Another Congo?

Friday, Jun. 29, 1962

"First of all," said Adlai Stevenson not long ago, when asked about the United Nations' latest African problem, "I find very few people who even know where Ruanda-Urundi is or what it is."

Well, to begin with, Ruanda-Urundi is actually two countries, which the natives call Rwanda and Burundi. Once a part of German East Africa, they were mandated to Belgium after World War I and administered as a single trust territory. Slightly larger than Maine, they lie along the slopes of the Mountains of the Moon between Tanganyika, Uganda and the Congo. For 40 years, Belgium tampered little with the feudal tribal structure of either territory and ruled through the giant-sized Watutsi tribe (average height: 6 ft. 6 in.).

Although the Watutsi comprised only 14% of the population of 5,000,000, they kept the Bahutu majority and the Batwa Pygmies in a state of virtual serfdom. Cattle feudalism was the basis of the system. The hapless Bahutu were forbidden to own or kill cattle; they could get beef only when cattle died of natural causes. Each Watutsi's wealth, prestige, and political position were measured by the size of his herd, and every cow was regarded as a sister in his family.

Edsel & Friend. Two years ago, Belgium decided to set the territory free, and drew up a timetable for independence. Belgium hoped that the two territories would tie together in a single economic and political entity, but the hope was futile. Burundi's Watutsi ruler, Mwami (King) Mwambutsa IV, had made such a concentrated effort to dilute the caste system that in free elections the Bahutu majority overwhelmingly voted for a separate constitutional monarchy under his leadership. Genuinely popular with both the Watutsi and the Bahutu, Mwambutsa is an accomplished amateur magician who nightly performs his feats of prestidigitation as he tools around the hot spots of his capital city. Usumbura, in a white Edsel convertible, accompanied by his equally white Belgian girl friend.

In Rwanda, meanwhile, Belgium successfully threw its support behind the long suppressed Bahutu, who immediately rose up in bloody revolt against their Watutsi overlords. Although for centuries they had practiced a sort of subfeudal oppression, the Watutsi were openly backed by Russia, in and out of U.N., simply because they were vehemently anti-Belgian. But Bahutu numbers told. The Bahutu burned scores of Watutsi villages to the ground, cut scores of willowy Watutsi warriors literally down to size by slicing their legs off at the knees. Rwanda's Mwami Kigeri V fled into exile along with 142,000 supporters, and the Bahutu set up a republican parliamentary Belgium-backed government.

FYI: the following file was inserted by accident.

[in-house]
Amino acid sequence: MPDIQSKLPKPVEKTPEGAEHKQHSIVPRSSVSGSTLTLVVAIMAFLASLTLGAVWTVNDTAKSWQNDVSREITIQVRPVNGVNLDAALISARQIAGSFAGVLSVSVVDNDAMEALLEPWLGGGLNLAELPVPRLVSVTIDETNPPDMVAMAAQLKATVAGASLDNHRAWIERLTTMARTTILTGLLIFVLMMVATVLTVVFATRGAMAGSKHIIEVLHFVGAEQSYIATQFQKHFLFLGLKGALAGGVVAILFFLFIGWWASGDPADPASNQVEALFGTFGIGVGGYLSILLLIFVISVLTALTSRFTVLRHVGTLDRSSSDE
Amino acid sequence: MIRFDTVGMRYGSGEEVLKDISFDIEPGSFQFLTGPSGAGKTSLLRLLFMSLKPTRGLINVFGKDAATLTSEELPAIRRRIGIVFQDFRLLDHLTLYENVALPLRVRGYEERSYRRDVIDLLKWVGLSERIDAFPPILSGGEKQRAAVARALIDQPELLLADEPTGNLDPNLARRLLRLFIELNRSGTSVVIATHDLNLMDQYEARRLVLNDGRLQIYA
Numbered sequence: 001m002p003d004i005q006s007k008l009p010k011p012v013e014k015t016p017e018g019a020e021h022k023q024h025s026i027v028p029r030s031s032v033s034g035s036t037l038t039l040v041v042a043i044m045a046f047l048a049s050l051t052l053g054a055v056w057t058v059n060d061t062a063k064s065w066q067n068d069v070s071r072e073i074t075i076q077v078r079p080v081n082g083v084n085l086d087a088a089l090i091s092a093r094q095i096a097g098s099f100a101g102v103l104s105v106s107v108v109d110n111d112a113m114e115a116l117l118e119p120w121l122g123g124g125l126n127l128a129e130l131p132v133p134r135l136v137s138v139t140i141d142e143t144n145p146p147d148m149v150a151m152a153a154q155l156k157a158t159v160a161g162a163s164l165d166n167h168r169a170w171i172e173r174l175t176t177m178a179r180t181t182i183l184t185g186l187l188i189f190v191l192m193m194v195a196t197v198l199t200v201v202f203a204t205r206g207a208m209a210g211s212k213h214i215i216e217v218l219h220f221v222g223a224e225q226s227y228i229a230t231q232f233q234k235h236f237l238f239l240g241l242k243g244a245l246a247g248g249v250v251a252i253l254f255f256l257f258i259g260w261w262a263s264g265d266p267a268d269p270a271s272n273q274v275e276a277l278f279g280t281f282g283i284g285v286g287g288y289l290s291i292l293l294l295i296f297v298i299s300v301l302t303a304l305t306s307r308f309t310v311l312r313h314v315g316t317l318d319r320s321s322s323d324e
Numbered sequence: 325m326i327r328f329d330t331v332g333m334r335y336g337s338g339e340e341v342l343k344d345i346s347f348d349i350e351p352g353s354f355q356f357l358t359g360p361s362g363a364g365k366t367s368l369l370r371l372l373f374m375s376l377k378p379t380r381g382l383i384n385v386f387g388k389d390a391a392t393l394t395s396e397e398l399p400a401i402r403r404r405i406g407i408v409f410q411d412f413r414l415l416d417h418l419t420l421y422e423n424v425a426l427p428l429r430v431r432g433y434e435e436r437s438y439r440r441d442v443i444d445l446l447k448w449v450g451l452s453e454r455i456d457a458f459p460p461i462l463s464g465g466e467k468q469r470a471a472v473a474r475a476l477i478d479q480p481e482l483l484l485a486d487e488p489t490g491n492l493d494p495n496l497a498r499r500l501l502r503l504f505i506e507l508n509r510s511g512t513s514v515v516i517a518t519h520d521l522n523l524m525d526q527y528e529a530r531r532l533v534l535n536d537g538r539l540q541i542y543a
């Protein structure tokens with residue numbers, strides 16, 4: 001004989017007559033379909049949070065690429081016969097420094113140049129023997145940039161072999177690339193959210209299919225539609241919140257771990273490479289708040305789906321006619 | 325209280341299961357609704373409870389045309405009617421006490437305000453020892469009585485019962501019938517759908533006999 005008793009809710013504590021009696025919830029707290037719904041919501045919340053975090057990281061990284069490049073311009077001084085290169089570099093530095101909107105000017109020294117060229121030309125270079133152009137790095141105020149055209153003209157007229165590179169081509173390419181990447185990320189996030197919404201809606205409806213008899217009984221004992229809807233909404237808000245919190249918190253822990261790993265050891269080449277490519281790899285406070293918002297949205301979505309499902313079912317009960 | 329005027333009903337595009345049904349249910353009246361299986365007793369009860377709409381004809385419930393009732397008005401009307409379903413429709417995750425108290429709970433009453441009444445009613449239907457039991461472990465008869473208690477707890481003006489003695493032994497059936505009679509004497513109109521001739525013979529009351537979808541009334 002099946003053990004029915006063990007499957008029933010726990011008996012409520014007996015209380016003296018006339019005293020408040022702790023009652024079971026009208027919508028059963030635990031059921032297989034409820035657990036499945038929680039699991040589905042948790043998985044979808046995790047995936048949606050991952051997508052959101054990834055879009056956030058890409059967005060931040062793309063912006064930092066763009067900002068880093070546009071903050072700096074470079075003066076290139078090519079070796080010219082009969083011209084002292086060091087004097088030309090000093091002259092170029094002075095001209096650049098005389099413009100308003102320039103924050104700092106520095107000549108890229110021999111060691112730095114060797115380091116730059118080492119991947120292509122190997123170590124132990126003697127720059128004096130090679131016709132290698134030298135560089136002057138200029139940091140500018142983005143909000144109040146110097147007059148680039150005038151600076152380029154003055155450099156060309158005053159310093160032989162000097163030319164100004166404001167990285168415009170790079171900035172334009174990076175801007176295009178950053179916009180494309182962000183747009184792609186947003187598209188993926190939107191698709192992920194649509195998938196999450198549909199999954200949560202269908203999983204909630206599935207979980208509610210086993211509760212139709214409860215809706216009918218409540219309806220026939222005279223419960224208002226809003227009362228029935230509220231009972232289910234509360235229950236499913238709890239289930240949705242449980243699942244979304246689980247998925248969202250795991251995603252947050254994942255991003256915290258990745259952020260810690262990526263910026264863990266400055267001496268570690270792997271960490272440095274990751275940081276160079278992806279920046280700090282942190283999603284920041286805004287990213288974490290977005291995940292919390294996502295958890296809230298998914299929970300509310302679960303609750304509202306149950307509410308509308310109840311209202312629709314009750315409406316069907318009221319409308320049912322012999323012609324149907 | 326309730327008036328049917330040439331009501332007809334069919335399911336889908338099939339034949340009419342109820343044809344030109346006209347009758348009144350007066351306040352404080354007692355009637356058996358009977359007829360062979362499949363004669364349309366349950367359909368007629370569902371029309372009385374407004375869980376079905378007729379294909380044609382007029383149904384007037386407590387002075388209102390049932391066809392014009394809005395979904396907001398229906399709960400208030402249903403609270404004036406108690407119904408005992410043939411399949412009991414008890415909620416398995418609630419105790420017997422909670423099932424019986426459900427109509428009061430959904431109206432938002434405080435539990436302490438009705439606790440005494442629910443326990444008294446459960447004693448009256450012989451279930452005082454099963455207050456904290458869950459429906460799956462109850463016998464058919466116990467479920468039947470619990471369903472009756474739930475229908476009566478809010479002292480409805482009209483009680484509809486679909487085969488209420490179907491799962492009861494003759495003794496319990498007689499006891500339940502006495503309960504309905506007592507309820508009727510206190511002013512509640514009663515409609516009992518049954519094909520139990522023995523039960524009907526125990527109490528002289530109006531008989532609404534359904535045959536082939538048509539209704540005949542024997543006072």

Cockroach Invasion. Last week, with the approach of final independence for the Kingdom of Burundi and the Republic of Rwanda, the U.N. Trusteeship Committee was fiercely debating the future of two non-nations, both spectacularly unready to stand on their own feet. On July 1 the last remaining Belgian forces (900 paratroopers) hope to begin a phased withdrawal. But, still shaken by the specter of the Congo disaster, even such normally ardent "anticolonialist" powers as India and Ghana have wondered if the new countries' independence should not be delayed. Economically both territories are destitute; natural resources are few and per capita income is approximately $40 per year. There are no railroads in either country, and Rwanda has only a half-mile of paved road. Nearly 75% of the population is illiterate; Burundi has only one African doctor and one trained lawyerwho is now a political exile. Government has sputtered to a virtual halt as thousands of Belgian civil servants have fled with the memory of the Congo's pillage and rape still fresh.

Riven by the dispute between the Bahutu and the Watutsi, Rwanda lives under the constant threat of massacre. From neighboring countries, the Watutsi exiles have organized guerrilla raiding parties called the inyenzi ("cockroaches," so named because they work at night), whose avowed purpose is to reinvade Rwanda and restore the Watutsi monarchy after the Belgians leave. Paradoxically, any U.N. decision to postpone Rwanda's independence because of this fear of violence would only worsen the situation, as the Bahutu would blame the Watutsi and step up their campaign of vengeance.

At the U.N., Russia gleefully ignored all such problems, insisted that any delay would simply be due to vile Belgian machinations. As for the Belgians, Foreign Minister Paul-Henri Spaak pleaded that his country has no desire whatever to stay on, but argued that it is a joint responsibility of Belgium and the U.N. to provide for law and order after independence and to draw up a plan of administrative and economic aid. Spaak clearly wanted to avoid having Belgium held solely responsible for possible disorder and bloodshed, as it was after its hasty withdrawal from the Congo.